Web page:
January 20, 2022

Earn Money

Business Life

We’re mobilising the ingenuity of the British life sciences industry to defeat coronavirus

The fight against coronavirus is one of the greatest public health challenges that we have faced as a nation. And it is only natural that people are looking for certainty about their status, and are looking for the clarity that good quality testing can provide. So they can understand whether they currently have the virus or whether they have had it in the past.

The rollout of Public Health England’s Covid-19 diagnostic test is the fastest deployment of a novel test in recent history, even faster than the swine flu pandemic in 2009. However, we need to further boost our testing capability and are doing so in a number of ways. So we can first and foremost ensure that testing is available for patients who need it; then expand testing of critical NHS staff and members of their household; followed by testing of other front-line workers; and then the community as a whole.

Last week, I was alongside Health Secretary Matt Hancock at the Government’s daily media briefing, where he set out a five pillar plan to meet the challenge of getting to 100,000 tests per day, by the end of this month. He also announced that I would be taking on a new role to co-ordinate this national effort for testing, and I am delighted to be playing a part in this vital work.

The fifth pillar of this plan is to build a national effort for diagnostics, mass testing capacity at a totally new scale. We have some of the best scientific labs in the world, but we do not have the huge diagnostic industry that some other countries have. So we are going to have to build on what we have to get what we need.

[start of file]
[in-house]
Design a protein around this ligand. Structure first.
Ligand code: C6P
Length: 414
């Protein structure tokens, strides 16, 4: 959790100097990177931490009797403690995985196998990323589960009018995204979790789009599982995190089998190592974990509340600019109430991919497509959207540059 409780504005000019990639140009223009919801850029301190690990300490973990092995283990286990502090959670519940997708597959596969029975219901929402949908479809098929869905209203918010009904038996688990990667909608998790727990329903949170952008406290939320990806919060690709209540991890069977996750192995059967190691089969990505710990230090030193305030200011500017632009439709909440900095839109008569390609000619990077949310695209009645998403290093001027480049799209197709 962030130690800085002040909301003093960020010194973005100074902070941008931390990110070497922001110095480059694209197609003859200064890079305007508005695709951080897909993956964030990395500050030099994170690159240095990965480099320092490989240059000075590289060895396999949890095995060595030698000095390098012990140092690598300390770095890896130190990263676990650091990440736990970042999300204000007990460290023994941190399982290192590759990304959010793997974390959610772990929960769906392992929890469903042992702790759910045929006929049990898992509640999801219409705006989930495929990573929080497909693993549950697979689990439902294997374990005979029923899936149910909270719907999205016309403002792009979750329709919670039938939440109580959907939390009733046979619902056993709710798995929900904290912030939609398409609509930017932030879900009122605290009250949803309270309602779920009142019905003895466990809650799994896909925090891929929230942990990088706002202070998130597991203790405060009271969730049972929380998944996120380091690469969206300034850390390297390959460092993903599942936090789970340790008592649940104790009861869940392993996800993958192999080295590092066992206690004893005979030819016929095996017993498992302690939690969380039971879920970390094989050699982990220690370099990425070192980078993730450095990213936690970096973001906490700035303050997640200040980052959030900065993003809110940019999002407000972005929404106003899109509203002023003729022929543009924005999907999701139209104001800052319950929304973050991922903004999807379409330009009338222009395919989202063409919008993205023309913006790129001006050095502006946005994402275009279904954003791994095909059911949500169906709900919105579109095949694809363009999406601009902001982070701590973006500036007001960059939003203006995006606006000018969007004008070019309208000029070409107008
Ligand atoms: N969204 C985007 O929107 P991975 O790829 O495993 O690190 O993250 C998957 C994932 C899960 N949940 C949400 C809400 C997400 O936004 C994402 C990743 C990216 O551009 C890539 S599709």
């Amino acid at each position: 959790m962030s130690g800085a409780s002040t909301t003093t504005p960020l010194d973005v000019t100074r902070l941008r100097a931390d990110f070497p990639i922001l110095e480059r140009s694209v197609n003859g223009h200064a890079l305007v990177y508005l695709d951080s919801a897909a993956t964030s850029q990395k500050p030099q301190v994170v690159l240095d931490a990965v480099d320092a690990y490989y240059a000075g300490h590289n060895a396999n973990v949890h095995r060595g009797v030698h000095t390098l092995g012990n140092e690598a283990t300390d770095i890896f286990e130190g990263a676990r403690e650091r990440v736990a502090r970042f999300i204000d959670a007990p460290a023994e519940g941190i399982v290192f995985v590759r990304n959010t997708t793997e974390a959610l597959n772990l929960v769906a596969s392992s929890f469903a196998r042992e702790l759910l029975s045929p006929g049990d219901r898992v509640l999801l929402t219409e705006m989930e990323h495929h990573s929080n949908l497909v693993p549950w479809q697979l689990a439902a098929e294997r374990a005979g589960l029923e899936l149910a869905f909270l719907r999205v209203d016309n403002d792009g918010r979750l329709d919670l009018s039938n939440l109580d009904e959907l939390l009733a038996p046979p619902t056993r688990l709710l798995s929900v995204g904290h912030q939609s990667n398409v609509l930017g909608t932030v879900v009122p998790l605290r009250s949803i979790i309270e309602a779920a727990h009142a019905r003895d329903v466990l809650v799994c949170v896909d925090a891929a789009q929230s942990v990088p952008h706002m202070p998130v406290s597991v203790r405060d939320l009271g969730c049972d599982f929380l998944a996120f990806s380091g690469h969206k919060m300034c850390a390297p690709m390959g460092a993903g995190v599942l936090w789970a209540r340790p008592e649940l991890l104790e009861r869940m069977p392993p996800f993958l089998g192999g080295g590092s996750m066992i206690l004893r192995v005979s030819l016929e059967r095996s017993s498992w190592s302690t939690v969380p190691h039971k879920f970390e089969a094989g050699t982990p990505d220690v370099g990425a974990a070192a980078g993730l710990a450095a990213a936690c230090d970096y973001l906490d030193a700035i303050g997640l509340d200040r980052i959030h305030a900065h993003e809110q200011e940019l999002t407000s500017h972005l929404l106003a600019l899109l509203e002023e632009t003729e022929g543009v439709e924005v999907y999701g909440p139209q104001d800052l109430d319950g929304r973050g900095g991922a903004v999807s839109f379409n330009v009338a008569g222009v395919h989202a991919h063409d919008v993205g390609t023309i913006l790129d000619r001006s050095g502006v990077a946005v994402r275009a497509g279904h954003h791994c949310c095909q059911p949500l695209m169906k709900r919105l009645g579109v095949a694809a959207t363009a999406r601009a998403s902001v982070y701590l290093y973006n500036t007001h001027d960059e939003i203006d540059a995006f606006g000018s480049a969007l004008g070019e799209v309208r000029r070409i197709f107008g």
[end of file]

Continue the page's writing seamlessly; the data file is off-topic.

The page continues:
So many of our top end manufacturers have been joining the national effort to build ventilators, and it has been heartening to see our fantastic pharmaceutical and diagnostics industries also responding in an unprecedented fashion.

Coronavirus Live Tracker promo embed

For example, the pharmaceutical giants GSK and AstraZeneca, along with Cambridge University, have set up a new testing laboratory, and are also providing expert advice on automation and robotics to support the Government’s new national testing centers for front-line NHS workers. This will significantly expand our testing capacity to determine if people have the virus, and help our dedicated NHS workers – to start with – get back to the front line. 

The US life sciences company Thermo Fisher has also committed to supplying the UK with the testing kits we need and is working to scale up manufacturing at its existing UK sites; and Oxford Nanopore’s sequencing technology is being used in UK labs to rapidly sequence coronavirus. These are just a few examples. There are many, many more all across the UK. 

These companies are being supported in every way possible, including accelerated regulatory approval, centralised procurement support where appropriate, and in some cases, development grants.

Alongside this vital work, we are working hard to rapidly test, develop and roll out antibody tests that would be able to determine if someone has developed immunity after overcoming the virus.

To date, none of the antibody tests we’ve put through the validation process have been accurate enough to be safely deployed. Using these tests would not only give people false hope, but it could be dangerous too.

So we are ramping up our efforts to develop our own home-grown test, and to boost these efforts, we are offering a range of Government support. This includes a business consortium, including Oxford University, Abingdon Health, BBI Solutions and CIGA Healthcare, which is working hard to rapidly develop a reliable antibody test as quickly as possible that can be safely deployed to the wider population. Whether it’s universities and labs donating testing capacity, or the development of new technology to help diagnose the virus more quickly, the whole industry has a part to play to build a large British diagnostics industry at pace.

To make this easier, we have launched a new online portal on GOV.UK – please sign up today and play your part.

As a country, we are committed to defeating this invisible killer. And if we can bring to bear the ingenuity and innovation of the UK Life Sciences sector for which we are renowned across the world, then we can defeat coronavirus once and for all.


Professor John Newton is the Government’s adviser on testing

Source Article